EL PASO, Texas (Border Report) – Advocates on Monday called for permanent legal status for individuals brought into the country without authorization when they were children. This, after a federal judge last Friday ruled former President Obama exceeded his authority in 2012 when he created the Deferred Action for Childhood Arrivals program, or DACA.
“We need to stop relying on temporary immigration fixes. Congress must seize the moment and all opportunities to finally provide a pathway to legalization for millions of undocumented immigrants,” said U.S. Rep. Bob Melendez, D-New Jersey.
U.S. District Judge Andrew Hanen sided with a group of states suing to end DACA, saying it violated the Administrative Procedure Act and barring new enrollments. The judge said the 650,000 so-called “Dreamers” already enrolled in the program would remain exempt from deportation for now.
“This move by the courts only underscores the urgent need for a permanent solution with a pathway to citizenship,” said Lydia Guzman, vice-chair of the League of United Latin American Citizens (LULAC) National Immigration Committee. “’Dreamers’ are the fabric of this nation and they deserve better.”
The advocates are calling for the Biden administration and the Democratic majority in Congress to pass the American Dream and Promise Act, which provides a path to citizenship for “Dreamers,” as well as overall legalization for more than 11 million migrants.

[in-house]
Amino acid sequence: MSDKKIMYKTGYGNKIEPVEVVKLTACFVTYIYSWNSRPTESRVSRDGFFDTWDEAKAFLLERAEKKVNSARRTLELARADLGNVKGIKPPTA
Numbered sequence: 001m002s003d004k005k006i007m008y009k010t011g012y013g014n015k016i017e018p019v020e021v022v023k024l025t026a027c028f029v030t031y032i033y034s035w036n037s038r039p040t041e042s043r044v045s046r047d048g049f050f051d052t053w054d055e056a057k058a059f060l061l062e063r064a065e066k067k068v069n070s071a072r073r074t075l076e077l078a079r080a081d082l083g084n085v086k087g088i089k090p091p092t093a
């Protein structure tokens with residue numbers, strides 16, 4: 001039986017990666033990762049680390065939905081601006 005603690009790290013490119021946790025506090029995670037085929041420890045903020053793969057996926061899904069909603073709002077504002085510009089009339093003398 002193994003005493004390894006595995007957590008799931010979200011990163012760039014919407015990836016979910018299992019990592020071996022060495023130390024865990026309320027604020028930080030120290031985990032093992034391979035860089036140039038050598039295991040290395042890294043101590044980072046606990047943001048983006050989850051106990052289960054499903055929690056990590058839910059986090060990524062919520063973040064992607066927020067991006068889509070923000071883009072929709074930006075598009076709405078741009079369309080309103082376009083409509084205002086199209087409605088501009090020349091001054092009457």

“The lives of young immigrants who are American in all but paperwork are under severe legal threat. It’s only a matter of time before the conservative judiciary ends executive actions such as DACA,” said Frank Sharry, executive director of America’s Voice. “This is a break-glass moment. We need a long-overdue breakthrough, concrete results – a piece of legislation signed into law.”
The group is citing a Center for American Progress study stating that legalizing “Dreamers,” holders of Temporary Protected Status (TPS) visas, farmworkers and essential workers who are undocumented will add $1.5 trillion to the U.S. economy over the next 10 years.
The advocates are calling for including the legalization provisions during the budget reconciliation process, or else that the Democrats get rid of the filibuster rule in the Senate that requires a 60-vote majority.
Several “Dreamers” have taken to social media to express their frustration with the ruling.
“DACA was never enough. This is why I struggle planning,” wrote Jose Caceres, a “Dreamer” originally from El Salvador. “When I’m asked what’s my five-year plan, I can’t even (expletive deleted) plan for two. I’m exhausted.”
“Every lawmaker who used our stories as part of their campaign platform must deliver on their promise and support a reconciliation package that includes a pathway to citizenship,” tweeted Claudia Yoli Ferras, executive director of MOVE Texas and a “Dreamer.” “We’re watching… and organizing.”
“Literally, all we want to do is work hard, give back, stay with our families and live in this country that we call home. We need citizenship for all because DACA will never be enough,” stated Rico Ocampo, a Dreamer from Las Vegas.